In the fall of 1943 Max Horkheimer composed multiple drafts of an essay entitled “On the Sociology of Class Relations.” The essay was intended for inclusion in the collaborative project with Theodor W. Adorno which came to be called The Dialectic of Enlightenment. One indication that the essay was crucial to their project was that Horkheimer solicited several responses to the working drafts including comments from Franz Neumann and Herbert Marcuse (on the East coast) and Friedrich Pollock and Adorno (in Los Angeles with Horkheimer). Here for the first time is Horkheimer’s original essay in full and in its original English-language format plus five contemporary responses.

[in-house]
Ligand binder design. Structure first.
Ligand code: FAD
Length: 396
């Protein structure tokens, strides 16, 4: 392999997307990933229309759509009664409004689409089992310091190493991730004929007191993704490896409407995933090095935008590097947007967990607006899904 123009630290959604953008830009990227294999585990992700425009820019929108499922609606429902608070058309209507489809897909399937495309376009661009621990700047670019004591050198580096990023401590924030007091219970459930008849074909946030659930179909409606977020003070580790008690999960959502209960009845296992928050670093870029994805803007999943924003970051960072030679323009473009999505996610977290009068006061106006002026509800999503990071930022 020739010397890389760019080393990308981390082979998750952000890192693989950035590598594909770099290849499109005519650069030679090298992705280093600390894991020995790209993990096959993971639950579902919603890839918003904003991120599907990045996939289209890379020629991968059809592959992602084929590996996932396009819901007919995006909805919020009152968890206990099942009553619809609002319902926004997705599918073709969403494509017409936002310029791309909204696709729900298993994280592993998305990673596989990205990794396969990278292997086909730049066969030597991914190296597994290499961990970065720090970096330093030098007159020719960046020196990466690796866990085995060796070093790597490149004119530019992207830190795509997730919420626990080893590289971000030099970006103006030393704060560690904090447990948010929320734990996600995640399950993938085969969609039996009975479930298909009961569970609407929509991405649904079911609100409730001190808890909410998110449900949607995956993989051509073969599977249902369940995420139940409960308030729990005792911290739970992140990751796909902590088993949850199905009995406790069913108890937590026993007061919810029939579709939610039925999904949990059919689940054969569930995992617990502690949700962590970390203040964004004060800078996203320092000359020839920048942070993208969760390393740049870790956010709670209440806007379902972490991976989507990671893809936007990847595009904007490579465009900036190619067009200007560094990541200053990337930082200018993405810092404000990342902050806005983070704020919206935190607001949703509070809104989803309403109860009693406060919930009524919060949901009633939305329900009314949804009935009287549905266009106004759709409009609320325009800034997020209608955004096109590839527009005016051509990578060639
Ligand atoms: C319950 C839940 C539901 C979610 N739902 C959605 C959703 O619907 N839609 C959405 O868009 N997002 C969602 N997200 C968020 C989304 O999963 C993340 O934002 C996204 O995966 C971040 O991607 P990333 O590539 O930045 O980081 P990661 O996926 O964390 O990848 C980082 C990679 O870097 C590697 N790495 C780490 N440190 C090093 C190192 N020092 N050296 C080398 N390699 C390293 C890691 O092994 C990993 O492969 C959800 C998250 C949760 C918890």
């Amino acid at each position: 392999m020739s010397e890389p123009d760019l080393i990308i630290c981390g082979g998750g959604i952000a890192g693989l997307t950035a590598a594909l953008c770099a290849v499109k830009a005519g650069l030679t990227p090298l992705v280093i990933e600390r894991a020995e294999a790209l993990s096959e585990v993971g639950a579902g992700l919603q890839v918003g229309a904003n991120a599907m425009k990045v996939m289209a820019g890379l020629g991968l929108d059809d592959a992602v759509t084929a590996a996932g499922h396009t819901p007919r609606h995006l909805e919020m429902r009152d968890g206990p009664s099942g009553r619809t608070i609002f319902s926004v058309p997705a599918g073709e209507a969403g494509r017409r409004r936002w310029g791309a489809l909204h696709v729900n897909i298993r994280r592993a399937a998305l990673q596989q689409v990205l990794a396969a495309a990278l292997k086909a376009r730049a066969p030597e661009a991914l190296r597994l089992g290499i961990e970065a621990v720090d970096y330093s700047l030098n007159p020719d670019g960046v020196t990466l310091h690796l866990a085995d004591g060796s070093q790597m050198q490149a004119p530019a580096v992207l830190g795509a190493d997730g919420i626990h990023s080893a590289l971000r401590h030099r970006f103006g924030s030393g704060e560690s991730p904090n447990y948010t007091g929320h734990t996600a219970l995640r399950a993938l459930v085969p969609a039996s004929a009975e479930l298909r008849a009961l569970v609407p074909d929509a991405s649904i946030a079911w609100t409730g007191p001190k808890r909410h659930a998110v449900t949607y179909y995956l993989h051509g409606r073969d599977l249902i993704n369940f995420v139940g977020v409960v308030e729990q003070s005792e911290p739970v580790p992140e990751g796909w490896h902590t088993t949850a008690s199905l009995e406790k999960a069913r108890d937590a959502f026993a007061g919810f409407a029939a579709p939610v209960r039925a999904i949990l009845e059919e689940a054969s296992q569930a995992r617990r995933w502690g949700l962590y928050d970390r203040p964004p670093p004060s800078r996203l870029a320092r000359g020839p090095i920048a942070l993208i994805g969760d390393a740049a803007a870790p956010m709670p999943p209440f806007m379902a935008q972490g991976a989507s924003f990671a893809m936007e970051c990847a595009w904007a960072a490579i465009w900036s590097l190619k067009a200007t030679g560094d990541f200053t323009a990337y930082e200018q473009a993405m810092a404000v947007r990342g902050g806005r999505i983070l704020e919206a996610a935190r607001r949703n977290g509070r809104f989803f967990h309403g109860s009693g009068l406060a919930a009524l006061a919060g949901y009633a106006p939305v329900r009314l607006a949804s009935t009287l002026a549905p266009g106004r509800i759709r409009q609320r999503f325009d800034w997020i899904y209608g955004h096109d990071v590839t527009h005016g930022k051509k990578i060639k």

I propose bearing as a marker of an artwork’s purposive comportment in and toward the world whose various relations and dimensions the work engages and discloses. I have chosen this term because at least five of its senses apply to artworks as I understand them.  Artworks have a manner of comportment, a bearing, e.g. bold, reflective, ironic, etc.  They are generative (in the sense of ‘bear fruit’) in that they provide disclosures.  They are purposively oriented and thus have bearings, principally toward an addressee, but also toward some determinate end, e.g. to be beautiful, to please, to rework culture, to witness suffering, etc.  Works of art also make use of the very world that they disclose, which leads me to say that artworks bear, in the sense of carry, extant possibilities, transforming them until they coalesce into a phenomenon that is bindingly eloquent.  Finally, artworks also bear (or fail to bear), in the sense of endure, the world they absorb in order to disclose whatever possibilities they are able to bear.